The Adventurous Gardener provides a brilliant gardener's take on any number of practical, as well as aesthetic, judgments. The first 11 chapters concern maintenance and propagation, such as "Unusual Ways with Rose Cuttings," "Maintaining Mature Hedging," and "Some Reactions to Cutting Back" (which covers the results of radical pruning on scores of genuses of shrubs and trees).
The next 8 chapters cover trees and shrubs, Lloyd's experience and opinions of hundreds of species and cultivars, and the best ways, culturally and aesthetically, to use them in the garden. The rest of the book covers a variety of herbaceous plants, design concepts, the theories of Gertrude Jekyll, "Planning a Border," you name it. Of course, the book, at 250 pages, is not comprehensive. For that matter, Lloyd's "The Well-Tempered Garden" is in a sense basically the same book, except that there is very little overlap. Each is a series of essays which stands on its own. (Similarly, the estate of the late Henry Mitchell has 3 such books out, made up of his newspaper gardening columns; but Mitchell's columns are shorter, more about literary style than detail, and his 3 books overlap each other considerably.)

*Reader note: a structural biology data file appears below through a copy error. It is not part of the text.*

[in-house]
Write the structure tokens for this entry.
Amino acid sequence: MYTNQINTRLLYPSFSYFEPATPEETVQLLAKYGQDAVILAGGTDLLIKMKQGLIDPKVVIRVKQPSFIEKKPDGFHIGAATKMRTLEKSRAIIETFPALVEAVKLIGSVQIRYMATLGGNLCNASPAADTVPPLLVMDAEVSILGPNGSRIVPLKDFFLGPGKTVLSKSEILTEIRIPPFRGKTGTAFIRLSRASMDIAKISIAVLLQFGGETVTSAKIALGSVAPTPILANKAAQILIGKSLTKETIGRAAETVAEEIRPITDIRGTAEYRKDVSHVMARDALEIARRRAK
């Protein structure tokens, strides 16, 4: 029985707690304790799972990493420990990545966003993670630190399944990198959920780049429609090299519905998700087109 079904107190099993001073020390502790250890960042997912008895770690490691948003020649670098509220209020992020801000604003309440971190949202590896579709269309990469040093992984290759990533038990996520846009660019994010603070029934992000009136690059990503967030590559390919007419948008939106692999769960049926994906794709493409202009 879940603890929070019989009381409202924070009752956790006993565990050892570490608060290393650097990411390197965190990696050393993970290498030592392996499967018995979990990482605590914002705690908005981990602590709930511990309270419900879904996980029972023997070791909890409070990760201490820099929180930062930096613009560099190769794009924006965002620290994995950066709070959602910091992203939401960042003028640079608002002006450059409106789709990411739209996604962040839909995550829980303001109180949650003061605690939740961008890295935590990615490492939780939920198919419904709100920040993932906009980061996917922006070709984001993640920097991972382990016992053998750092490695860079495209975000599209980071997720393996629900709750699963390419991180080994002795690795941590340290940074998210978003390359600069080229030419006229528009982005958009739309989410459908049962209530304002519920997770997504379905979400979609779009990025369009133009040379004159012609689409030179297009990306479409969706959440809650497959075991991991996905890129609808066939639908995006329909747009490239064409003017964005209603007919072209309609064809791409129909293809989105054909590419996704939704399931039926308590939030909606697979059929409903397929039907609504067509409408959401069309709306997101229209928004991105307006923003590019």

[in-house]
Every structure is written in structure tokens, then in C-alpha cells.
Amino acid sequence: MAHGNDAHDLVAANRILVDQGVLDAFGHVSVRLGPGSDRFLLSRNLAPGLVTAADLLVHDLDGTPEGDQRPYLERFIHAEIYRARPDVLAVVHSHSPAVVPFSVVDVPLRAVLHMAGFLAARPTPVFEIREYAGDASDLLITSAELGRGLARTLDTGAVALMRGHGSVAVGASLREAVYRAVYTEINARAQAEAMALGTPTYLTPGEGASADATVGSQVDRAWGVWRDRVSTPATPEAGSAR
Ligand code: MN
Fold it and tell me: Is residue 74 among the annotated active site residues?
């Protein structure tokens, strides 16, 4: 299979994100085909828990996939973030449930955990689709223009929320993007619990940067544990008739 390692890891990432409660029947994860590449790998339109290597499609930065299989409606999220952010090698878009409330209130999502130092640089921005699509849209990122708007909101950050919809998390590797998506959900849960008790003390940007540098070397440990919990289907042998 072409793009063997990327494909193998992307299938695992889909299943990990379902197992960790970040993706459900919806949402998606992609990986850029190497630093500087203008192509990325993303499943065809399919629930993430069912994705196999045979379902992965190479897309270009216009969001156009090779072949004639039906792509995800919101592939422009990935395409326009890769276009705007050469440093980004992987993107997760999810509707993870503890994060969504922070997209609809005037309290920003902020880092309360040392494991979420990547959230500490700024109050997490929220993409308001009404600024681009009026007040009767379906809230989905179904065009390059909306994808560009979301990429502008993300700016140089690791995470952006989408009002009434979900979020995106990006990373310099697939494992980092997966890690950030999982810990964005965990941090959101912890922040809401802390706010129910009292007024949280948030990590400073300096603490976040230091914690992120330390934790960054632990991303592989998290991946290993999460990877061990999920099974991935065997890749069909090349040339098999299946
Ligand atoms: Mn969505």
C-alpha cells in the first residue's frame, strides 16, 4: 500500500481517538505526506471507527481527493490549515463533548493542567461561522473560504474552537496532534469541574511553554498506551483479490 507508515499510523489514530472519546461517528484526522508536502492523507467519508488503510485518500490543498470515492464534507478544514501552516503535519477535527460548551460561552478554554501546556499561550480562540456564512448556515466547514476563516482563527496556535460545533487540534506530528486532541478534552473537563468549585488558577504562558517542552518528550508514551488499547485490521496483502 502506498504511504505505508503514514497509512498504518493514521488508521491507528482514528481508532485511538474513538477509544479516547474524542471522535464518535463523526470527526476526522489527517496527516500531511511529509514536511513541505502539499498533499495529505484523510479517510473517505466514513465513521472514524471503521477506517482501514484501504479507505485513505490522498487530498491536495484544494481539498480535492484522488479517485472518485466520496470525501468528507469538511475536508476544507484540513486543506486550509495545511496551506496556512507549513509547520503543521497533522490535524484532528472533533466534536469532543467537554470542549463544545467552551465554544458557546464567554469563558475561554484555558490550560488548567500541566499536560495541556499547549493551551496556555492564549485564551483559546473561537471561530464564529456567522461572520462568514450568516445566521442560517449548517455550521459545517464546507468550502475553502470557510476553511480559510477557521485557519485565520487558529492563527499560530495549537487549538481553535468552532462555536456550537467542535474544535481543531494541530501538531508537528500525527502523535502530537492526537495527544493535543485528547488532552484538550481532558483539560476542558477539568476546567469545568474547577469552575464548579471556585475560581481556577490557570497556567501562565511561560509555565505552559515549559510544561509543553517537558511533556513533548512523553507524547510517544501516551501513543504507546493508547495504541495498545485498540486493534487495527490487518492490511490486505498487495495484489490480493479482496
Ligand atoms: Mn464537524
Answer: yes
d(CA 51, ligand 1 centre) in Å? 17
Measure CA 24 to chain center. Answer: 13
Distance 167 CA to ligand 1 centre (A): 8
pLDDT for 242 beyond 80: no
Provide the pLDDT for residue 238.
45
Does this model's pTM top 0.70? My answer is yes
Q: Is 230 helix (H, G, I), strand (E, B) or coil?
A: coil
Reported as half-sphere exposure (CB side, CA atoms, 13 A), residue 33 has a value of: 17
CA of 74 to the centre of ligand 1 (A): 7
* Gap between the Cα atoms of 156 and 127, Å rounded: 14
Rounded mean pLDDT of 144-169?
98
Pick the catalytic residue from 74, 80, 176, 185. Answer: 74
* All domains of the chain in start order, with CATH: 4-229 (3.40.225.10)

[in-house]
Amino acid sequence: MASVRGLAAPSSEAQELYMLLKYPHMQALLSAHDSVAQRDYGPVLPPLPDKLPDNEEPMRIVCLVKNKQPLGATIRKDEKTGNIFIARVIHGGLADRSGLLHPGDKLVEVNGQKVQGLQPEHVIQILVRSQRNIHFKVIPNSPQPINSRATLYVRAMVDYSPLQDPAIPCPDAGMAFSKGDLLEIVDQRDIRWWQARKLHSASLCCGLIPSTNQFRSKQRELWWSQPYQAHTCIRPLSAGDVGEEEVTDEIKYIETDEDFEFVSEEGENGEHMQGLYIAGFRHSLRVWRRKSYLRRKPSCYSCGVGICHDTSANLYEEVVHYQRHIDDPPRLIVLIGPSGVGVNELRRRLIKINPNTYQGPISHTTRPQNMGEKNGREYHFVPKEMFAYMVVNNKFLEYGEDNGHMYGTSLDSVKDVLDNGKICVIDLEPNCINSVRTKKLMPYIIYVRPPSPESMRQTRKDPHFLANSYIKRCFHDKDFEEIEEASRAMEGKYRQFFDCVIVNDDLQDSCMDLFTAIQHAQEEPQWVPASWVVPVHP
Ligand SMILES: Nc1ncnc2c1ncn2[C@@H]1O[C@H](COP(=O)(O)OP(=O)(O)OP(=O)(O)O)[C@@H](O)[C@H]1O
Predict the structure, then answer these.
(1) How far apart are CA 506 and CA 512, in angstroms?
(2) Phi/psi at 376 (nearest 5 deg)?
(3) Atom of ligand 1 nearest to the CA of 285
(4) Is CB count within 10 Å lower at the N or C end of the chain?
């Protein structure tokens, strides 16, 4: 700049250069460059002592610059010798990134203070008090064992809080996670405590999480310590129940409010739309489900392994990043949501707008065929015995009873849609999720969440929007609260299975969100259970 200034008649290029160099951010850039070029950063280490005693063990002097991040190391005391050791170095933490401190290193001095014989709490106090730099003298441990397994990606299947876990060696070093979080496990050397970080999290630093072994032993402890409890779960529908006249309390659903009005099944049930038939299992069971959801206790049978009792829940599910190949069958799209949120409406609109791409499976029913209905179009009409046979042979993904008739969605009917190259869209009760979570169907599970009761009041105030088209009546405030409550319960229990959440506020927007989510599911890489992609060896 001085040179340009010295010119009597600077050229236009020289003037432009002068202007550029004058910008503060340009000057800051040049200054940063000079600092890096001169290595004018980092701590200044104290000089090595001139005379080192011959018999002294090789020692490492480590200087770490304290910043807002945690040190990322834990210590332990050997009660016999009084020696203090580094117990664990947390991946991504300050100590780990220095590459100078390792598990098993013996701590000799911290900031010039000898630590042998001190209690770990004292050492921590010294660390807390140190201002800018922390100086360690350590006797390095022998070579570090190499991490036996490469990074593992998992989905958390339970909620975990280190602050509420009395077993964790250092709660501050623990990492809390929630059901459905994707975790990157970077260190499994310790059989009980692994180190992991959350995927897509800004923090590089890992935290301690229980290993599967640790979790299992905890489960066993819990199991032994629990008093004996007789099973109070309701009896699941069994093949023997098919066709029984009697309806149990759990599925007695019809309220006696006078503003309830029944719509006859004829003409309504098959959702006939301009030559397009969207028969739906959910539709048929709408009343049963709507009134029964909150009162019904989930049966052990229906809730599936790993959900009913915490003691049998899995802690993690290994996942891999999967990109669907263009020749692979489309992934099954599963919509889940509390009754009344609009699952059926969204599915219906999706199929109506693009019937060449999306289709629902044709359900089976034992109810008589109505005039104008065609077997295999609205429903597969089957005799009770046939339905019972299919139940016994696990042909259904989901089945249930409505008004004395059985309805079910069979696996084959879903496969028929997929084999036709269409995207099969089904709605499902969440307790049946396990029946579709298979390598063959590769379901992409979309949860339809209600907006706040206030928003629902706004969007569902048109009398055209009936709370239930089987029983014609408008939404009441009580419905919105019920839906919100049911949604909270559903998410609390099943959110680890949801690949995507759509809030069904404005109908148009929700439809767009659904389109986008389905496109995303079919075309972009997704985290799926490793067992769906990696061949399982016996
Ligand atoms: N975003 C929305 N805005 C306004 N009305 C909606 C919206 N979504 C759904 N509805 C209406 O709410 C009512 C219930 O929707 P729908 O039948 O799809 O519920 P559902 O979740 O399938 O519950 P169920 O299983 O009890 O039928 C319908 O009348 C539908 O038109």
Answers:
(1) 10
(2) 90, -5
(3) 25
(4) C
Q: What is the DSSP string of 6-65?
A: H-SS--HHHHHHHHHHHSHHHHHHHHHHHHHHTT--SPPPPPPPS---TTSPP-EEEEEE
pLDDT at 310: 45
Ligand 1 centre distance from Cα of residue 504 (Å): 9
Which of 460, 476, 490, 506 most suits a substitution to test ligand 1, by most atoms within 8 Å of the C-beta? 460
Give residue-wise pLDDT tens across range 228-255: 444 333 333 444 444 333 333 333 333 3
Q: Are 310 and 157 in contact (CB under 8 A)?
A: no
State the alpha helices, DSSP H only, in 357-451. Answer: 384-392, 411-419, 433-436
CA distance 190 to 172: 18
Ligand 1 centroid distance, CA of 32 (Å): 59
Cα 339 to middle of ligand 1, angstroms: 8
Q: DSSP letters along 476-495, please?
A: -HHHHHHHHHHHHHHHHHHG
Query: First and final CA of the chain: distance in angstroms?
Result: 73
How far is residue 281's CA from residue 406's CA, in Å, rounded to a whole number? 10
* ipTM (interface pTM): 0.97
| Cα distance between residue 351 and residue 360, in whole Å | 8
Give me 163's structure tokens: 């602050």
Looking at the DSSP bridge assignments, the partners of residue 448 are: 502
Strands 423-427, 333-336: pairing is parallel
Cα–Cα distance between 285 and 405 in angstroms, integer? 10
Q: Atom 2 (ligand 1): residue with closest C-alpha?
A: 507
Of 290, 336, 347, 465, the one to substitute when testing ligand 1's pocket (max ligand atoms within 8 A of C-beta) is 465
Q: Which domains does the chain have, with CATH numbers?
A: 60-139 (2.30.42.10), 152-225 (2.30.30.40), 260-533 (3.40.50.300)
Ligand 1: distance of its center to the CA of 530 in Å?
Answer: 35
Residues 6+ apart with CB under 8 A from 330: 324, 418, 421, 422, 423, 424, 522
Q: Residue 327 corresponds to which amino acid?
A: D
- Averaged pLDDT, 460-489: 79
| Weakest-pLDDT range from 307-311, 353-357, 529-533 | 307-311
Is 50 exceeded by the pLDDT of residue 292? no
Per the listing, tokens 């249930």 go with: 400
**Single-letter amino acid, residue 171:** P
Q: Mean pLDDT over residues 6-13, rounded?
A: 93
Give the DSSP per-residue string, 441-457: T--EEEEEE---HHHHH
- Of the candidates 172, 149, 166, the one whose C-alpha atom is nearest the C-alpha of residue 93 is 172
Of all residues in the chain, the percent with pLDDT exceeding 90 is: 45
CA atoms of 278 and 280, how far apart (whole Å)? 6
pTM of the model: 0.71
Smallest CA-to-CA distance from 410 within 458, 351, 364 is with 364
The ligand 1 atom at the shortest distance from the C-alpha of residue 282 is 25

This book's greatest weakness: it only has 18 low-resolution black & white photos. These are in the book's center, and do little to illustrate the text. So in order to follow many of the chapters, which concern specific varieties of, say, crabapple trees, or concern combinations of plants, you will have to have the "A-Z Encyclopedia of Garden Plants" or a similar reference at hand. That said, this keeps the book small and dirt cheap. I suppose I could, for lack of hundreds of glossy color photos, rate the book less than the perfect 5 stars, but I can't see criticizing a book for not being what it is not, especially when it is so good at being what it is.